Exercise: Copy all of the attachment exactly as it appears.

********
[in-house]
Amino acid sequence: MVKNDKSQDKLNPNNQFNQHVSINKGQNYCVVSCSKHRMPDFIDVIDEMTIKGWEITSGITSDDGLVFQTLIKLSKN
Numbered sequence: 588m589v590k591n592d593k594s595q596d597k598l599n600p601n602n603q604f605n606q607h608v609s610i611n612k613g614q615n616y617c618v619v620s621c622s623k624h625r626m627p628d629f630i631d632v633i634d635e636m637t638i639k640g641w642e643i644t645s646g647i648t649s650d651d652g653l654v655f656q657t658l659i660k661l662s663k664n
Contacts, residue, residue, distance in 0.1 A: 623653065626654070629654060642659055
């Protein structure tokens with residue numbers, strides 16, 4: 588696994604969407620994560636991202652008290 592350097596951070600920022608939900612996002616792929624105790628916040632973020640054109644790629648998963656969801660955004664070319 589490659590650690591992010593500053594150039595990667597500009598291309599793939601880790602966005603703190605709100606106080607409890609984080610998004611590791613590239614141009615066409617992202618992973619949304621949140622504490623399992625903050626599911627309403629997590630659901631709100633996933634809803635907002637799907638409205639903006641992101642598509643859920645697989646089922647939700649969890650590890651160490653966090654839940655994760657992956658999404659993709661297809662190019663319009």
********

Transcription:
[in-house]
Amino acid sequence: MVKNDKSQDKLNPNNQFNQHVSINKGQNYCVVSCSKHRMPDFIDVIDEMTIKGWEITSGITSDDGLVFQTLIKLSKN
Numbered sequence: 588m589v590k591n592d593k594s595q596d597k598l599n600p601n602n603q604f605n606q607h608v609s610i611n612k613g614q615n616y617c618v619v620s621c622s623k624h625r626m627p628d629f630i631d632v633i634d635e636m637t638i639k640g641w642e643i644t645s646g647i648t649s650d651d652g653l654v655f656q657t658l659i660k661l662s663k664n
Contacts, residue, residue, distance in 0.1 A: 623653065626654070629654060642659055
């Protein structure tokens with residue numbers, strides 16, 4: 588696994604969407620994560636991202652008290 592350097596951070600920022608939900612996002616792929624105790628916040632973020640054109644790629648998963656969801660955004664070319 589490659590650690591992010593500053594150039595990667597500009598291309599793939601880790602966005603703190605709100606106080607409890609984080610998004611590791613590239614141009615066409617992202618992973619949304621949140622504490623399992625903050626599911627309403629997590630659901631709100633996933634809803635907002637799907638409205639903006641992101642598509643859920645697989646089922647939700649969890650590890651160490653966090654839940655994760657992956658999404659993709661297809662190019663319009």